The last time I went to CeBIT was around five years ago and I vowed and declared I wouldn’t go again because I found that: whilst the speaker line-up was quite impressive there was no depth or value in what was being said; there was no real “thought leadership; nor was there the ability to actually engage with the speakers who flew in and flew out eager to get to their next appointments.
This event was no different and, given it was years later, was much worse, which reflects something far more worrying.
In his speech Australian Communications Minister Hon. Malcolm Turnbull stated that
Australia “should aim to become the world’s leading digital economy. This won’t happen if the government continues writing strategies on the importance of the digital economy, but it can happen if we lead by example.”
With our current skills and capabilities I am not sure we are capable of doing so. Given our ability to lead when we want to (witness the Gov 2.0 Task Force, and Turnbull’s own well-acknowledged and demonstrated understanding of the digital world) this is very sad.
For me neither of the major Commonwealth “government” speeches at CeBIT, either by Turnbull or David Hazlehurst, Acting Chief Executive Officer, Interim Digital Transformation Office (iDTO), were “inspiring” in any way, and a number of people I spoke to felt the same. There were a lot of platitudes and “gunna’s” (as in going to’s) which was in stark contrast to other speakers such as Guy Kawasaki who spoke about “funding your passion” and “doing”, not just talking or writing lots of strategies and proposals.
I left CeBIT wondering if Australia, within which government accounts for a third of the economy, is going to “governmentalize” the digital agenda, and run it with the over-regulation and bureaucratisation that inhibits so much innovation in so many other areas: rules and processes, rather than risk and experiment; and a dumbing down of the challenges that the digital “revolution” presents.
Turnbull quite rightly said that Australia’s performance in innovation is slipping behind that of other countries.
In the recently published “Digital Evolution Index” Australia is now classified as a “Stall Out” nation, and a number of the countries that led in the early days of the “digital revolution” are also now in the “stall” zone.
A part of explaining this could well be what I have heard from numerous public sector managers both here and in the UK (including those who watched the innovative “alpha.gov.uk” experiment evolve to become the “Government Digital Service“) that once the low hanging fruit of opening up data, systems and process is done, it is really really hard to effect change for the average citizen. This only happens slowly and with a great deal of risk taking, new thinking and agility.
It also requires selling the message through a shared vision – Marketing 101 – and with it inspiring people to step up and do things differently, embrace the change, but most of all recognise that things will be different, and that requires both a different approach as well as a different mindset.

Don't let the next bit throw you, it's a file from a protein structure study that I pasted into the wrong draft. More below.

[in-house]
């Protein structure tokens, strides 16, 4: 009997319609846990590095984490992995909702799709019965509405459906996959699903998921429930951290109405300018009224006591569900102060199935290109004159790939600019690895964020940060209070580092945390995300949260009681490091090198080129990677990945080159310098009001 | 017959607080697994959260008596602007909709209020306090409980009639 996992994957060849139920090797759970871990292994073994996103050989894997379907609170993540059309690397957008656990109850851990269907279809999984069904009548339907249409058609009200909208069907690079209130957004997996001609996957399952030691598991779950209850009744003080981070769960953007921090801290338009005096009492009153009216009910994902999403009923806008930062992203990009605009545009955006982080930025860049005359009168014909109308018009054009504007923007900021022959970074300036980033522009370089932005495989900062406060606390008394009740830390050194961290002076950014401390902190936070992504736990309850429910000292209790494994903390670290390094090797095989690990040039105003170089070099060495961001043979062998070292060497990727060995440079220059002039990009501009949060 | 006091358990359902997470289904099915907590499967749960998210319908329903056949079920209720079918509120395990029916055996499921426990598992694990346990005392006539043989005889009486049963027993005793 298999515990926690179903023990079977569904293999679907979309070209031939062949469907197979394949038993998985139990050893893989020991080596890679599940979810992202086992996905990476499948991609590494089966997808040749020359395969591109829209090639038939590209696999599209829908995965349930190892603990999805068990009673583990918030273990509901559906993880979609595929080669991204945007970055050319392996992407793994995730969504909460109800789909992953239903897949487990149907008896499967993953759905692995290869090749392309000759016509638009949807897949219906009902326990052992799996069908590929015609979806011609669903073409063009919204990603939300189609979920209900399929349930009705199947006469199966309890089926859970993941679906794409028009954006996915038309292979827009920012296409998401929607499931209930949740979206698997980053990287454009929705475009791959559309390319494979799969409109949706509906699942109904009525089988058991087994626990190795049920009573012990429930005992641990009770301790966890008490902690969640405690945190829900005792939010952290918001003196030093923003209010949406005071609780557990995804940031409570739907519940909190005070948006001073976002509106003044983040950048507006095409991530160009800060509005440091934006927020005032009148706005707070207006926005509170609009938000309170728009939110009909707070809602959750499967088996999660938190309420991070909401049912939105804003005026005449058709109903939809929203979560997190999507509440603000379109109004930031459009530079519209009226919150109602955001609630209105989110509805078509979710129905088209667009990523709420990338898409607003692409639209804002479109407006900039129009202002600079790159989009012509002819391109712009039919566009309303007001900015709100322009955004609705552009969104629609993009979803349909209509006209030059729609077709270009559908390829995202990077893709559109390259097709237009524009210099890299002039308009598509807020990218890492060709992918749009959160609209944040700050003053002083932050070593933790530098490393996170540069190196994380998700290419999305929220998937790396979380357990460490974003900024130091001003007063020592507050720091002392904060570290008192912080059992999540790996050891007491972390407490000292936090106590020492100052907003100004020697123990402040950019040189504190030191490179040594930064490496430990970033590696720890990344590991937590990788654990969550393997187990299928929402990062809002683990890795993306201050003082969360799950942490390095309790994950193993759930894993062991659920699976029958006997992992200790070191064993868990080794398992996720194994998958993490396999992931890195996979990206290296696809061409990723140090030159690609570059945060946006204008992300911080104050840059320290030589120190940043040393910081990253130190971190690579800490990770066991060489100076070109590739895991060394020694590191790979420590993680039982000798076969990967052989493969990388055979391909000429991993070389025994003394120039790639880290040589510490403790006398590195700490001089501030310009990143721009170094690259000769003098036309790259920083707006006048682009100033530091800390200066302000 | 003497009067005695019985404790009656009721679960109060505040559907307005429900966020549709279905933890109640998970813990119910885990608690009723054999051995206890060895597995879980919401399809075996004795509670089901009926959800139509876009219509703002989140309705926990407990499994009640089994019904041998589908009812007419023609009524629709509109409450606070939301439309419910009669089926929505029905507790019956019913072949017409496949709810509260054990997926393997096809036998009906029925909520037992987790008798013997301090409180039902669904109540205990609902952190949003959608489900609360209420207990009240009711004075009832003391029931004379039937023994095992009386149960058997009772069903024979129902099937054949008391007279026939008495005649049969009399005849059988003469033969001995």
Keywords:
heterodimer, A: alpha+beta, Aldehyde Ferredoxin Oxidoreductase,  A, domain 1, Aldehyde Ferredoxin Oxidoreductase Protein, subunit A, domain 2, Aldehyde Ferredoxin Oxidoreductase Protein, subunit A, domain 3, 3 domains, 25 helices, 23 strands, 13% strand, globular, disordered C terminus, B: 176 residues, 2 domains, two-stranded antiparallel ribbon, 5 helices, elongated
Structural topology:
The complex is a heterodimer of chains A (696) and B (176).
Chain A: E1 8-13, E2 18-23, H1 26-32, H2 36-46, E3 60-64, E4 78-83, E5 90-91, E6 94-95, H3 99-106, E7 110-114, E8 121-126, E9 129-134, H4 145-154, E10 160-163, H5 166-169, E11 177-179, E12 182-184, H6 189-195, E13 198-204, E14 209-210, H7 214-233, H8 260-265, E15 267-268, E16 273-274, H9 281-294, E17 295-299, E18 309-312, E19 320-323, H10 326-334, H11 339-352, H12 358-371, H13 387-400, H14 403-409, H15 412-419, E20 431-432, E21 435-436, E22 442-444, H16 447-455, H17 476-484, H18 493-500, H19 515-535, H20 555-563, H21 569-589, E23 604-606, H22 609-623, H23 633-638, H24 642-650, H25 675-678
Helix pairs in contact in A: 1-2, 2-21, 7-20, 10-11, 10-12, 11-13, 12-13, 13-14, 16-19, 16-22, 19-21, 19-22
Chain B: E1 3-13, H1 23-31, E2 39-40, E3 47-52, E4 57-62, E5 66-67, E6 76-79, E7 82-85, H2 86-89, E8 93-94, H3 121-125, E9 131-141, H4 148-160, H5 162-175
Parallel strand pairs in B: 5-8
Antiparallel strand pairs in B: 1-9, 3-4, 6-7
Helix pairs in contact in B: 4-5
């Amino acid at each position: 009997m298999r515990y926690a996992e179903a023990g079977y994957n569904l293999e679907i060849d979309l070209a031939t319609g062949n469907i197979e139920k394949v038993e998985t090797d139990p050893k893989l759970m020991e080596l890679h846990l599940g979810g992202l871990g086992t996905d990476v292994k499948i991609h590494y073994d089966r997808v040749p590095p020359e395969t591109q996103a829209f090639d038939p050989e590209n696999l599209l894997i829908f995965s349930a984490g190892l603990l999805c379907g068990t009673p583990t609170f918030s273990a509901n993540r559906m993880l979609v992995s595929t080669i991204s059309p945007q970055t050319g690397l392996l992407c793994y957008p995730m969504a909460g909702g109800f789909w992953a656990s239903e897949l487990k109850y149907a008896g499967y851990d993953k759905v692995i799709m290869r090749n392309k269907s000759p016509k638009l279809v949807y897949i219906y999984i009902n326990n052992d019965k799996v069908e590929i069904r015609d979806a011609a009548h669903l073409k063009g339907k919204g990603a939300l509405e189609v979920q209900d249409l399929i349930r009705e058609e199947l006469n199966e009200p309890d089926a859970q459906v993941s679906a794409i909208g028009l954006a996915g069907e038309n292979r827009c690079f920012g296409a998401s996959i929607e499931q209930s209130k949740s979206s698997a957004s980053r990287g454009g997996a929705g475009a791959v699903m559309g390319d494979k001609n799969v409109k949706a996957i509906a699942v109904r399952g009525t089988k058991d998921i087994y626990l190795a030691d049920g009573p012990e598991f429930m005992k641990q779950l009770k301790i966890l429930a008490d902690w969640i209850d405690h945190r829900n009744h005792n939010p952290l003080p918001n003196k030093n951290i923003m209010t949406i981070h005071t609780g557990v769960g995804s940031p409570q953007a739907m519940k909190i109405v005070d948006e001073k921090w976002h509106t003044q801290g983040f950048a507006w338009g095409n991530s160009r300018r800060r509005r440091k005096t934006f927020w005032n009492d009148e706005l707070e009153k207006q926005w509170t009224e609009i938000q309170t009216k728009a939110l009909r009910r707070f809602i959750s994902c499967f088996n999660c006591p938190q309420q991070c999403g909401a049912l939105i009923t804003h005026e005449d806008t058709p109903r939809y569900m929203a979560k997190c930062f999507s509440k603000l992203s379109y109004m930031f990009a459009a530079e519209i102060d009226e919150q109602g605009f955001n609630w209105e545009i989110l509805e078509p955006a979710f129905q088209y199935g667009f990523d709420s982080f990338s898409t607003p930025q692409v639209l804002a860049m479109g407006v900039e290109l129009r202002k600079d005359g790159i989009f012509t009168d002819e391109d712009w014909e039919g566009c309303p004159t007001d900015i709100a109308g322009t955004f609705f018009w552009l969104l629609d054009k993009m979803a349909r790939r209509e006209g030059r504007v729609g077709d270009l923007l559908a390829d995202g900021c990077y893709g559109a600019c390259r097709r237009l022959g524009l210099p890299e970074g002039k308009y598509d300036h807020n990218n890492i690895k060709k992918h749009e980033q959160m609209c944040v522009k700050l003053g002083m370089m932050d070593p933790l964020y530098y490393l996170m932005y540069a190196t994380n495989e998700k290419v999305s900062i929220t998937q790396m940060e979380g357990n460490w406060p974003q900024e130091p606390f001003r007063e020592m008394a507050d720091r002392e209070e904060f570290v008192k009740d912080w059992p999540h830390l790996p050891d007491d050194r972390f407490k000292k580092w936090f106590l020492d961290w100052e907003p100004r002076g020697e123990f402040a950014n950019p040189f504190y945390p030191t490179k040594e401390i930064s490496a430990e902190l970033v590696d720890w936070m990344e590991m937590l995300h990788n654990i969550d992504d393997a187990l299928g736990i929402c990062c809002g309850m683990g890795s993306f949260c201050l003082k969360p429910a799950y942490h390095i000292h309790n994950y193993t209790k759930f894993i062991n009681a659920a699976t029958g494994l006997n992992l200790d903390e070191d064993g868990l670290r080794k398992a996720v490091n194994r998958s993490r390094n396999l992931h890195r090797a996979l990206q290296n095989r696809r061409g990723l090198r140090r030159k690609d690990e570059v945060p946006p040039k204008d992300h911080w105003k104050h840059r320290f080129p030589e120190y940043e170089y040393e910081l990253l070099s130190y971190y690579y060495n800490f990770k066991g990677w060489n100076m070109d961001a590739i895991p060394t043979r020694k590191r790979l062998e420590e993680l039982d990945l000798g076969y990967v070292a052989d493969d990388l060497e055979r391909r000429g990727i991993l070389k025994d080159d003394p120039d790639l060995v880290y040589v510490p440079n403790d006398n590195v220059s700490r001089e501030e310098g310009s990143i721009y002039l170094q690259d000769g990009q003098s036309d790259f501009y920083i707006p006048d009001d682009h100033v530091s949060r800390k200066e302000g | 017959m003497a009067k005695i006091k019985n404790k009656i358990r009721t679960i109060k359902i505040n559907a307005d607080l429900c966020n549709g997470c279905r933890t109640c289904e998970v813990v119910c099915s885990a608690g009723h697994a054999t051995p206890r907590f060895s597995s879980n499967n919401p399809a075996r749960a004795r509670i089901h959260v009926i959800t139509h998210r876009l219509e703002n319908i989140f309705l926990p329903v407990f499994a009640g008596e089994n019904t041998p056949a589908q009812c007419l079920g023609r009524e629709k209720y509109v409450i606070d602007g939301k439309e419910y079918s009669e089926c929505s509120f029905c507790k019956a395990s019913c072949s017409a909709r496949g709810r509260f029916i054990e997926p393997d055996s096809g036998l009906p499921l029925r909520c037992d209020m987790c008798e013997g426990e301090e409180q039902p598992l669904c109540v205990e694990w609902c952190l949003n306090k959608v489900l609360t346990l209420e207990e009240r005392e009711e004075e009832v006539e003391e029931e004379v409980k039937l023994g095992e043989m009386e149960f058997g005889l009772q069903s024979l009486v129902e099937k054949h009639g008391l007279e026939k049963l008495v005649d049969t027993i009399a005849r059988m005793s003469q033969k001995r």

In the Digital Planet Report the authors state that for “Stall Out” countries
“Governments must renew their commitments to investing in the education of domestic talent and attracting highly skilled immigrants who can take advantage of the high quality ecosystems to restart the innovation engines.”
If Malcolm Turnbull wants Australia to be a global leader this is the first area he should prioritise, and, as an aspiring leader in his own right, who purports to understand what is required, he needs to recognise that the last thing Australia needs is a bunch of bureaucrats who think that the answer is cutting and pasting what has happened overseas and passing it off as world leadership. We need a “government digital” model developed from our own aspirations and challenges, informed by the experience of other countries, but more of those in the “Watch Out” and “Break Out” categories, and underpinned by a genuine education programme that determines to change both hearts and minds through explaining, enabling and empowering people to harness information in digital form – to give them a digital literacy.
If we had people who more fully understood the concept of the “Social Machine” in its entirety, they would innately understand this.
What we need is real leadership, as Rt Hon. Francis Maude has demonstrated, but taken to the next level, supported by a team of fresh blood who engender excitement and stimulate a real conversation about what sort of “digital nation” we want to become.
Where are the brave souls who can help us navigate this sometimes scary, but unavoidable and filled with potential, digital world? Where are those who can coach government to more effectively work with business and industry by developing new tools which Government can trial and support, not which Government stands in the way of and regulates?
This is a time to embrace the challenges and opportunities of “being digital”, not to bureaucratise it into being a compliance exercise.
And as for CeBIT? I personally found it an overview of very little that was “new” but that happened many years ago … tired and out of date.